Teeth loss is not the only consequence of the PD, other very common consequence is the opening of the oral and nasal cavity, as a result of periodontal tissue severe loss, along the roots of maxillary canines and premolars. In this case, we note constant sneezing and mucopurulent discharge, and pulmonary complications may occur (Harvey, 1998, Wiggs et al.,, 1998). Pathological fractures of the mandible are also associated with PD, they occur due to alveolar bone resorption that significantly decreases its thickness, making it weak. These fractures are difficult to treat, because it is difficult to stabilize them, and also because of the very characteristics of the alveolar bone affected by the periodontal disease (Hale, 2002; Legendre, 2003).

Besides the damages it causes to oral health, PD is also relevant for systemic influences, relating to several diseases such as cardiovascular disease, diabetes, low birth weight, renal and pancreatic cancer. Similarly, PD is indicated as critical in the occurrence of many infections, since it is the source of bacteria that cause diseases such as arthritis, pneumonia, encephalitis, endocarditis, and glomerulonephritis (Cruz et al., 2005; Pihlstrom et al., 2005; Accarini & Godoy, 2006, Michaud et al., 2008).

The treatment for periodontal disease requires an initial procedure called periodontal prophylaxis, which includes the removal of plaque by scaling and root planing, tooth polishing and irrigating the gingival sulcus region with 0.9% saline solution or 0.12 % chlorhexidine solution (Harvey, 2005; Niemic, 2008). Other procedures may be required for the removal of plaque in periodontal pockets that are deeper than 5mm and to attempt to regenerate periodontal defects (Grove, 1998; Marreta, 2001; Niemic, 2008).

Despite its significance, currently, the epidemiological data on the occurrence of PD are predominantly from the USA. Studies have indicated great prevalence of this disease, in a way that considering dogs that are older than five years, of all the diseases and injuries they may have, PD is the most common of all, estimated in 80% of the population (Harvey & Emily, 1993). Only two studies conducted in Brazil have indicated the prevalence of 71.4% in a clinic located in São Paulo (Venturini et al., 2007) and 92.5% in a veterinary hospital in Uberlândia (Milken et al., 2003). Thus, this present work aimed at gathering data on the prevalence of PD in the micro-region of Viçosa, at the Veterinary Hospital of the Federal University of Viçosa (HVT-UFV) as well as to assess how aware of this disease dog owners are, and use this information to support future preventive actions.



This study was approved by the Ethics Committee of the Veterinary Department at the Federal University of Viçosa, Protocol No 06/2009. From March 10th, 2009 to November 30th, 2009, on randomly alternate days within this period, all dogs referred to the Screening department of the small animal Veterinary Hospital at the Federal University of Viçosa (HVT-UFV) were examined.

The epidemiological survey form used was specially created to collect the necessary data by means of an interview. Each dog owner was asked why they were bringing their dog to the hospital, about their dog's dental history, the type of feed they used for their dog, and if they were aware of PD in dogs, and if they were, what they knew about it.

Then, each animal was physically examined. The following parameters were assessed: asymmetric head, size of sub-mandibular lymph nodes, mucosa color, presence of halitosis, presence and location of dental calculus, gingival inflammation, assessed by the presence of redness and swelling, evident gingival recession, spontaneous gingival bleeding, furcation exposure; oronasal fistula, skin fistulas, pus and tooth loss. Each of these parameters was described in detail. The level of periodontal disease severity for each animal was scored according to Table 1, adapted from Harvey & Emily (1993).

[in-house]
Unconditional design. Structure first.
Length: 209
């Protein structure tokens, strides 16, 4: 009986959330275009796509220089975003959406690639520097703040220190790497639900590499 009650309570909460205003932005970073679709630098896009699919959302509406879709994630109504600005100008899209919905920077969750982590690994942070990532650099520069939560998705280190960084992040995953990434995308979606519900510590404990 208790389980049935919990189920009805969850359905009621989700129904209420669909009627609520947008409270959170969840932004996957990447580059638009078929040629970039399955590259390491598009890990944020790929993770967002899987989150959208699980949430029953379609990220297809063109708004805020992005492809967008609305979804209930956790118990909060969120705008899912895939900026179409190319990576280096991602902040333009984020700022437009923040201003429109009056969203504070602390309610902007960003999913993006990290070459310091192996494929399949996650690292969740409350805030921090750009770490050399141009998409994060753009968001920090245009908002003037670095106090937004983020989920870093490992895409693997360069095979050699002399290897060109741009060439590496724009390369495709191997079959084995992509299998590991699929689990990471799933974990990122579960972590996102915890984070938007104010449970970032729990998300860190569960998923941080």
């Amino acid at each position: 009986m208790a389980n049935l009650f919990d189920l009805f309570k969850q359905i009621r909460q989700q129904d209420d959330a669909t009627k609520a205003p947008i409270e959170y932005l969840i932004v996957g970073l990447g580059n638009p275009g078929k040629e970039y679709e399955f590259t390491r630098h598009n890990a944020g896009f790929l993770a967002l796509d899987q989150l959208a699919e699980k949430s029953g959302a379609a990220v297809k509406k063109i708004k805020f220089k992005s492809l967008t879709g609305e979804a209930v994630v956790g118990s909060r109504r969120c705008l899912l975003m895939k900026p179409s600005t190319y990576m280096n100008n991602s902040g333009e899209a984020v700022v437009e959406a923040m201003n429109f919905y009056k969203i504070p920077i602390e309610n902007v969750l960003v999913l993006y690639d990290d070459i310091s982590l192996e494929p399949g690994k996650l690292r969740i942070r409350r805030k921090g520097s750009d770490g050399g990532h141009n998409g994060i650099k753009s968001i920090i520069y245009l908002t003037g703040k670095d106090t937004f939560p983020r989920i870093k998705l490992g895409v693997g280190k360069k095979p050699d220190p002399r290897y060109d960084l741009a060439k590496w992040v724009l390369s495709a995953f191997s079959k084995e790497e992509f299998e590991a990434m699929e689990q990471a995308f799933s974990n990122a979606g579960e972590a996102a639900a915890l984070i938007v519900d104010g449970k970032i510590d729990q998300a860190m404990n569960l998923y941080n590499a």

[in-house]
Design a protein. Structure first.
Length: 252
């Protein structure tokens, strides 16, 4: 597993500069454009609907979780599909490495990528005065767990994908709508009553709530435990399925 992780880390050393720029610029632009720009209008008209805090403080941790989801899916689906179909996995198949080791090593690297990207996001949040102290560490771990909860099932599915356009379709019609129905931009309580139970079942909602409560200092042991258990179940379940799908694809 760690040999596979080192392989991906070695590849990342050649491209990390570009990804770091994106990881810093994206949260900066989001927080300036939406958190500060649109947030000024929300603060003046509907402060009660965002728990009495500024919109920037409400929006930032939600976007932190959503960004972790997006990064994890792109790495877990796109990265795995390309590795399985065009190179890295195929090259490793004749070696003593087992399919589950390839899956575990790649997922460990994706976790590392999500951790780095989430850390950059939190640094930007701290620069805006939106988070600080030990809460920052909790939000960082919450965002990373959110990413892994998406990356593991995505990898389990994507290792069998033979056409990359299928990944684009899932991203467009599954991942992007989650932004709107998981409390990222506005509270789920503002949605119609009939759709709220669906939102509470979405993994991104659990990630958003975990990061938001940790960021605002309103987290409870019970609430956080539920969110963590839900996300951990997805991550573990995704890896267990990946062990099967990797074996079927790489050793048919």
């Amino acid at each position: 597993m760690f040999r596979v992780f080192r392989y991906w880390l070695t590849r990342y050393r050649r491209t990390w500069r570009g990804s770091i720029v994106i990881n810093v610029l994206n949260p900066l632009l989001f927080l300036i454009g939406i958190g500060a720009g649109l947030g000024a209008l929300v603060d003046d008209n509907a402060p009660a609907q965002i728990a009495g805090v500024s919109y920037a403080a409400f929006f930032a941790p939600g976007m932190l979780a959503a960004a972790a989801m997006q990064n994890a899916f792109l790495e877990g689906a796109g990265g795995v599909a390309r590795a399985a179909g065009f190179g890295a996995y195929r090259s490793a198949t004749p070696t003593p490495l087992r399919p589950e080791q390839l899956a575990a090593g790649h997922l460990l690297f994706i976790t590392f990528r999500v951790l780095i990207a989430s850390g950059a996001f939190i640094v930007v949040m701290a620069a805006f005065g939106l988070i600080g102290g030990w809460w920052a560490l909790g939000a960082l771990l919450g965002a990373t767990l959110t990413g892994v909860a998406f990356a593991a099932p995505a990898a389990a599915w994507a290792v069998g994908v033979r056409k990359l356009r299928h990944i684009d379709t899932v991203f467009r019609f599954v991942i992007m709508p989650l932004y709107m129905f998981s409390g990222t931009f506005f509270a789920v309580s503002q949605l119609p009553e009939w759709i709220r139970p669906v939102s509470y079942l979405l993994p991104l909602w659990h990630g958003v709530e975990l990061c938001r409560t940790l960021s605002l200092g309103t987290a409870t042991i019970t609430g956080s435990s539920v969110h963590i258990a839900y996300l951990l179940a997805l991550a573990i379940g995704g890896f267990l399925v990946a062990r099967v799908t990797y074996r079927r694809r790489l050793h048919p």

After the consultation, clinical examination and completion of the case, additional tests, treatments and final diagnosis of each patient were obtained from the hospital's routine medical records.

Data of all patients were summarized in a single base spreadsheet for analysis: pet name, medical record number, species, breed, age, weight, feed, main complaint, consent of the owner as to PD, PD control measures, degree of PD, and final diagnosis.

The prevalence of PD was calculated by dividing the total number of positive cases (numerator) by the total number of patients examined (denominator) and then multiplying by 100. For other data, descriptive statistics were used.



A total of 343 animals were examined from March 10th, 2009 to November 30th, 2009. All dogs brought to the department of Clinics and Surgery and Small Animal of the Veterinary Hospital at the Federal University of Viçosa in the days of the study were included.

General distribution of PD

Of the 343 animals, 39 did not have the disease or had only gingivitis, 162 had mild PD, 94 moderate and 48 had severe PD (Figure 1). Thus, the prevalence of PD was 88.67%. This finding is consistent with similar studies conducted in Brazil, more specifically in São Paulo and Uberlândia, who reported prevalences of 71.4 (Venturini et al., 2007) and 92.5% (Milken et al., 2003), respectively. However, in these studies, dog clinical examination was performed under general anesthesia, which is ideal to assess the accurate degree of PD, particularly with regard to the evaluation of the degree of furcation exposure and the occurrence of oronasal fistula. In this study, clinical examination was conducted with the animals on stationary position, with no sedative effect. Thus, these two parameters may have been underestimated, since they require probing the gingival sulcus, and this procedure may only be performed with animals under general anesthesia (Harvey, 1998; Marreta, 2001). However, as an advantage, we have a more diverse population than those of the previous studies, animals that were not always taken to the veterinarian for specific problems in their oral cavity.

The main complaints, or the reasons why the owners took their dogs to the HVT, differed quite a lot, they included trauma with wounds and orthopedic injuries, different systemic diseases that were infectious or not, and localized conditions, such as skin lesions and ophthalmic conditions. Of these, only 2.67% of the cases had PD as their main complaint, ie, the owner had brought their animals to HVT looking for information and / or treatment for PD.